Behind the Upward Tick in Holiday Tech Spending: CEA

DuBravac presents holiday-season projections

CEA president Gary Shapiro: 2014 "looking better"

Connectivity-related products will draw the most dollars

A look inside the 2.6 percent projected upswing in holiday spending on technology was provided by the Consumer Electronics Association’s Shawn DuBravac, chief economist and director of research. His insights included the observation that while it is still a positive, that percentage might have been higher if the CE-category share of desired durable goods had not receded slightly due to consumer “pent-up-demand” dollars being apportioned to other kinds of durable goods. His thoughts were offered at a statistical presentation on the upcoming holiday season during a preview event for the 2014 International CES in New York City Tuesday.

Providing context for the overall picture is research showing that holiday expenditures of all types this year will likely be adjusted downward by buyers due to lack of money, concerns over the economy, the higher cost of living, and their assertion that they “have what they need;” all those reasons for cautious spending were cited more frequently for 2013 than they were in 2012, according to the CEA’s report.

Slightly more U.S. adults responding to the survey, however, said they planned to purchase tech gifts this year (64 percent) versus last year (62 percent), with the most desired tech products being connectivity-related: tablets (14 percent), notebook computers (12 percent), TVs (11 percent), and video game consoles and smartphones (seven percent each).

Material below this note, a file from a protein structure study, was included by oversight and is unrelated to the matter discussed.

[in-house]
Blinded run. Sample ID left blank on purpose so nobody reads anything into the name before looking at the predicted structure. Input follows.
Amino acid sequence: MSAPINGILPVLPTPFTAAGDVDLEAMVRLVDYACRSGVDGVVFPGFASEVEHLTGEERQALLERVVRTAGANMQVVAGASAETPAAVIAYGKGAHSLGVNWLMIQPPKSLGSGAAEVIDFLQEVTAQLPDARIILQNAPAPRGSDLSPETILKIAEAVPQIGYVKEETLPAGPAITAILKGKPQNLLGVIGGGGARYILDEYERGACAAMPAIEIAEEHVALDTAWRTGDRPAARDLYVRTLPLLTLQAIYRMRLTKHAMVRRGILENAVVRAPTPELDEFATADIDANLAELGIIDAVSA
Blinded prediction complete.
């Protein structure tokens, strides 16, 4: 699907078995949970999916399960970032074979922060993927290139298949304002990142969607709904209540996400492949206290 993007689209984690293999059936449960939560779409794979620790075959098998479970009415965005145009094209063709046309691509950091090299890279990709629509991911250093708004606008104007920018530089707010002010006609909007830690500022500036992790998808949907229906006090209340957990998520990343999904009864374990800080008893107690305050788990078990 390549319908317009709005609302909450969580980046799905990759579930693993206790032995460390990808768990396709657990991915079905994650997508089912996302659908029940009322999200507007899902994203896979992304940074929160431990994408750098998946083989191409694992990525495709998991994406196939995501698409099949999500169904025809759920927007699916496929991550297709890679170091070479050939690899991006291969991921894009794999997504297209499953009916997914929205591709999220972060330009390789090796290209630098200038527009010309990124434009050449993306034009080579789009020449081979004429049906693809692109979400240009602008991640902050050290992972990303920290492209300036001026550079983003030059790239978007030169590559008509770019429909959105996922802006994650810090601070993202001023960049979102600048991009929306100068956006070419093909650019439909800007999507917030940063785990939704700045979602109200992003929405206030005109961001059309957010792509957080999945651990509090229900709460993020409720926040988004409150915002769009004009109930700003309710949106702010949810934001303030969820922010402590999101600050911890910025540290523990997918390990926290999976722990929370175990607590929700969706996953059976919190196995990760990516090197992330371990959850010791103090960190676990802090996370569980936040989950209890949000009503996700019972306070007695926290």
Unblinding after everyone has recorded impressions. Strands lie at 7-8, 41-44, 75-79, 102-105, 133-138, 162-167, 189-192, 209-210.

The shorter 2013 holiday season timeline – with a late Thanksgiving and with Hanukah dovetailing with the Thanksgiving holiday and weekend – has forced retailers into even earlier and more creative CE merchandising tactics than in 2012, DuBravac noted. He pointed to some examples of unusual retail strategies that have already manifested – namely, Walmart’s and Kmart’s launches of mid-September promotions; a mid-October overnight sale by retailer hhgregg; OfficeMax’s gambit of planning door buster sales spaced out over three separate time slots Thanksgiving evening and early on Black Friday; and a Target initiative promising a 20 percent “shopping trip” store discount the week after Black Friday with a minimum $75 purchase made on Black Friday.

CEA president and CEO Gary Shapiro, who emceed the evening’s presentations, said that the U.S. CE industry would likely achieve $202.6 billion in revenues for 2013. Acknowledging the challenging market conditions, Shapiro said, “It’s tough out there in 2013, but 2014 is looking better,” with CEA’s revenue projections for next year at nearly $212 billion, improving upon 2013 by about 4.5 percent.

Editor in chief of Dealerscope
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